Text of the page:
Evolution of human immunodeficiency virus type 1 serotypes in northern Tanzania: a retrospective study
Abstract:Nyombi BM, Nkya W, Barongo L, Bjune G, Kristiansen KI, Müller F, Holm-Hansen C. Evolution of human immunodeficiency virus type 1 serotypes in northern Tanzania: a retrospective study: APMIS 2008;116:507–14.
The HIV-1 epidemic in Tanzania is characterized by the circulation of heterogeneous virus subtypes. A retrospective study was conducted to determine the changing pattern of circulating HIV-1 subtypes in northern Tanzania. A peptide-binding enzyme immunoassay (PEIA) was employed to analyse 305 HIV-1 positive serum and plasma samples collected between 1985 and 2005. Samples were serotyped using synthetic peptides representing HIV-1 genotypes A–E derived from consensus gp120 V3 sequences. Plasma samples collected in 2005 were V3 genotyped for comparison with PEIA results. In 1985, serotypes A and D were co-circulating while serotype C was first detected in 1990. In 2001 and 2005, serotype C was the most prevalent, serotype A was stable, and serotype D was declining. PEIA is relatively rapid and simple to perform compared to molecular approaches, and is a valuable epidemiological tool in regions with limited resources. HIV-1 classification into serotypes based on antigenic V3 diversity may be a useful screening tool for the identification of HIV-1 variants with regard to diagnosis, treatment, disease progression and candidate vaccine development.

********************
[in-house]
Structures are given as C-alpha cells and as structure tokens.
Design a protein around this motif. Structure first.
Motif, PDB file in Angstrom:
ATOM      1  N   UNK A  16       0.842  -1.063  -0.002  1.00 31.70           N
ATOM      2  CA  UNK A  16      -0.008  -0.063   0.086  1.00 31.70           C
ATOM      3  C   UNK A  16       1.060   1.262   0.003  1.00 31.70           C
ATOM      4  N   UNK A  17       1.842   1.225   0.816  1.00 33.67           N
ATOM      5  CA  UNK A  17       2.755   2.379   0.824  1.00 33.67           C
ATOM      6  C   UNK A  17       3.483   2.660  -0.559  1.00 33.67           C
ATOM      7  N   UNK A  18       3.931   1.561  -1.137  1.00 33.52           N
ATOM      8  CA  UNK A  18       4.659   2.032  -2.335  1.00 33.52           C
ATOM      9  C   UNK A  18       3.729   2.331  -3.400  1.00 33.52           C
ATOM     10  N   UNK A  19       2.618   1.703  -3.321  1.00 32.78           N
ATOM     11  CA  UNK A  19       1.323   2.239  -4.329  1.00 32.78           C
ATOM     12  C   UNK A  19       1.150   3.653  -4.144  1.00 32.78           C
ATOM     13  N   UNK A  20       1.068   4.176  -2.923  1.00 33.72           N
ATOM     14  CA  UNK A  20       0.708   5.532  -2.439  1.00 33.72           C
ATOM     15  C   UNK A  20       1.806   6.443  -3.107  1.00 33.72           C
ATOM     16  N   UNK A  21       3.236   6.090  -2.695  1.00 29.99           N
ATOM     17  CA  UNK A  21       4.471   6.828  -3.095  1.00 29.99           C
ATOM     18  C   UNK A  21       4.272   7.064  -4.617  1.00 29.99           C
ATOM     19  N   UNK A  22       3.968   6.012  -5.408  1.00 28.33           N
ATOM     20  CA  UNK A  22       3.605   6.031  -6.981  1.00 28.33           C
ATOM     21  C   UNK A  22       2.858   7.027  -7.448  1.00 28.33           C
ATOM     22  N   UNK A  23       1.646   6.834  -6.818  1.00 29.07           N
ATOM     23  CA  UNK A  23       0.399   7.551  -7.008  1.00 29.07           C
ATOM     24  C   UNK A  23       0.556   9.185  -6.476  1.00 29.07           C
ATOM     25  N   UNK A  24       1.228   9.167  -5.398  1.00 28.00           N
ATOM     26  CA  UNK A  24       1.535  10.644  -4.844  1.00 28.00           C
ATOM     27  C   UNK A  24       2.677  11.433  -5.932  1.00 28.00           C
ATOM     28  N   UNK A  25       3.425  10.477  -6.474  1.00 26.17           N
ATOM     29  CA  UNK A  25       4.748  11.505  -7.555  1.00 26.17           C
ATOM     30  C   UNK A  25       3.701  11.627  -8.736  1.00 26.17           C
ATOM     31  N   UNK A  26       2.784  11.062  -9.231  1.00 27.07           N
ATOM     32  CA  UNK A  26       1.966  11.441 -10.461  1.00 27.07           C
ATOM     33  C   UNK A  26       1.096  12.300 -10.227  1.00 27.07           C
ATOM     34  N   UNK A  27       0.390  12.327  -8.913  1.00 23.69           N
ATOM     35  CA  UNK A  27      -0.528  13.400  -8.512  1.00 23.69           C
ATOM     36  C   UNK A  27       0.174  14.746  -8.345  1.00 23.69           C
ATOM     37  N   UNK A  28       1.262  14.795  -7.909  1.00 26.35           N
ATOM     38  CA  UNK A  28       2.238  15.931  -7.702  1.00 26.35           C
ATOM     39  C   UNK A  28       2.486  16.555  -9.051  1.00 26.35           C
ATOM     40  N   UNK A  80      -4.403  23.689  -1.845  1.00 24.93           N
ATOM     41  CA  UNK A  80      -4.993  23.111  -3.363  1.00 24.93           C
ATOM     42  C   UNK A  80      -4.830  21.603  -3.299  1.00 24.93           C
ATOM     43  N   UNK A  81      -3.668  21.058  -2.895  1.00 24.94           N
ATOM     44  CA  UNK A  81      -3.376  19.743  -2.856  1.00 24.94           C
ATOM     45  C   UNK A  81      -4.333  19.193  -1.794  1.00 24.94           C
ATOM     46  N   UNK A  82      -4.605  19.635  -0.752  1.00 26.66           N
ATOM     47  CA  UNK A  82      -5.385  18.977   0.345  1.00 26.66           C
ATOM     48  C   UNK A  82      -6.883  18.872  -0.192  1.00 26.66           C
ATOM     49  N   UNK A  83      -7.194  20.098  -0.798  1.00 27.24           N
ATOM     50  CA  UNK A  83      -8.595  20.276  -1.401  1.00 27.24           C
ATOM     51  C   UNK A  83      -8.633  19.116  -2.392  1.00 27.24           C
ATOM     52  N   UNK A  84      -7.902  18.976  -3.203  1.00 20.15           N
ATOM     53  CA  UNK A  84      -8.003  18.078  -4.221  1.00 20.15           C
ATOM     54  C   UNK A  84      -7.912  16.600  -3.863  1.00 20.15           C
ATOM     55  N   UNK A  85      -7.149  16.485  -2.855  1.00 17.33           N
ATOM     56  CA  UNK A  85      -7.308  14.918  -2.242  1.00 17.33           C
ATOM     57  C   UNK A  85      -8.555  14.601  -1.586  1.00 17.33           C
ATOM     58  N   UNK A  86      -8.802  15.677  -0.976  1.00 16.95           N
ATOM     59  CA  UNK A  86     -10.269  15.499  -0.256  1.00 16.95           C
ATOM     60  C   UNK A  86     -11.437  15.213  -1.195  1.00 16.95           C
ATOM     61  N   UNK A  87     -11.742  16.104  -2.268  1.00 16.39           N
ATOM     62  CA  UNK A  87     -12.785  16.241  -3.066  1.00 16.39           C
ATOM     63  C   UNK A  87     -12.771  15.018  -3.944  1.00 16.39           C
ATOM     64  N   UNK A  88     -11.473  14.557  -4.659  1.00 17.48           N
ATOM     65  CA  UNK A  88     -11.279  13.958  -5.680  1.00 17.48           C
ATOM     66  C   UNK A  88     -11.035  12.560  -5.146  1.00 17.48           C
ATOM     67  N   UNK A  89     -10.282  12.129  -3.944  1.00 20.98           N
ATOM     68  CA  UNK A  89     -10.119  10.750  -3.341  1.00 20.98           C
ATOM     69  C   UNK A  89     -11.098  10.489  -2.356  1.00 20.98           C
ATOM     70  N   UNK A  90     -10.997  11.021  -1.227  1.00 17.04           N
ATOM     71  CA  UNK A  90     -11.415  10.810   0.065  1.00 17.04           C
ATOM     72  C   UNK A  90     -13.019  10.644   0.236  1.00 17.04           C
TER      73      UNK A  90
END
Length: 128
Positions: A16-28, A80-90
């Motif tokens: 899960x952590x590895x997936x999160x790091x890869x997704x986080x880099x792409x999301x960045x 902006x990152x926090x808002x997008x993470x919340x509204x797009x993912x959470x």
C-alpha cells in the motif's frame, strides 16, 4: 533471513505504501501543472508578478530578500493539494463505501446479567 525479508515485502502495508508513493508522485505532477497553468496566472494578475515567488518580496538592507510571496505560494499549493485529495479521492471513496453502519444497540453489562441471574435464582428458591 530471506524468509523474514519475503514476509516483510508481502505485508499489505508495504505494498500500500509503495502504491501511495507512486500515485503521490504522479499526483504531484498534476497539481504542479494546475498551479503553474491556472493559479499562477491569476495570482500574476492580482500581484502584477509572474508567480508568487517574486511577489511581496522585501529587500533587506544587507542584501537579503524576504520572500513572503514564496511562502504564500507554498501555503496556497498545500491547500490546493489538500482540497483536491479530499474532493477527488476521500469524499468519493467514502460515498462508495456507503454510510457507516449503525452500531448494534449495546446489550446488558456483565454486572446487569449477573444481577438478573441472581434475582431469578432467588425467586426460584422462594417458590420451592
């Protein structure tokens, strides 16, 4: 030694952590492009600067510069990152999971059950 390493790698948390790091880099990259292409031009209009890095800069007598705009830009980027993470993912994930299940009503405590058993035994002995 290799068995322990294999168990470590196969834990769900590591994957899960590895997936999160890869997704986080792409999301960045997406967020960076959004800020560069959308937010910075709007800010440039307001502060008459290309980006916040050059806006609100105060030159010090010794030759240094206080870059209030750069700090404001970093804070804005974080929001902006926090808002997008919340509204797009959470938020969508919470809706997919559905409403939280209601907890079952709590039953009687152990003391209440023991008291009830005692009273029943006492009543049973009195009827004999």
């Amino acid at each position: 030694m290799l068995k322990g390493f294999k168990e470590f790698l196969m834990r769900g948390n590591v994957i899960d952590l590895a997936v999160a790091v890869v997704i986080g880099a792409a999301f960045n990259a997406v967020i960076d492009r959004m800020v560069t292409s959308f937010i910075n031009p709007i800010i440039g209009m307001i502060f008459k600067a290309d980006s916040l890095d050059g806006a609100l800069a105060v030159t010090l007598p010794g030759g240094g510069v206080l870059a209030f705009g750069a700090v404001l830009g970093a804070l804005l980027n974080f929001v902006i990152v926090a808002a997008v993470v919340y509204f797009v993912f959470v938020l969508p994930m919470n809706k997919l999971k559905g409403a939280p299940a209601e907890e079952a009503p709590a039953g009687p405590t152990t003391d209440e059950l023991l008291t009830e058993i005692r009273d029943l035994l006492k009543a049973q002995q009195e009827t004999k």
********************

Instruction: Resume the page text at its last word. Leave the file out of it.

Document Type: Research Article
Affiliations: 1: Kilimanjaro Christian Medical College, Moshi, Tanzania 2: Institute of General Practice and Community Medicine, Faculty of Medicine, University of Oslo, Oslo 3: Institute of Microbiology, Rikshospitalet, University of Oslo, Oslo
Publication date: June 1, 2008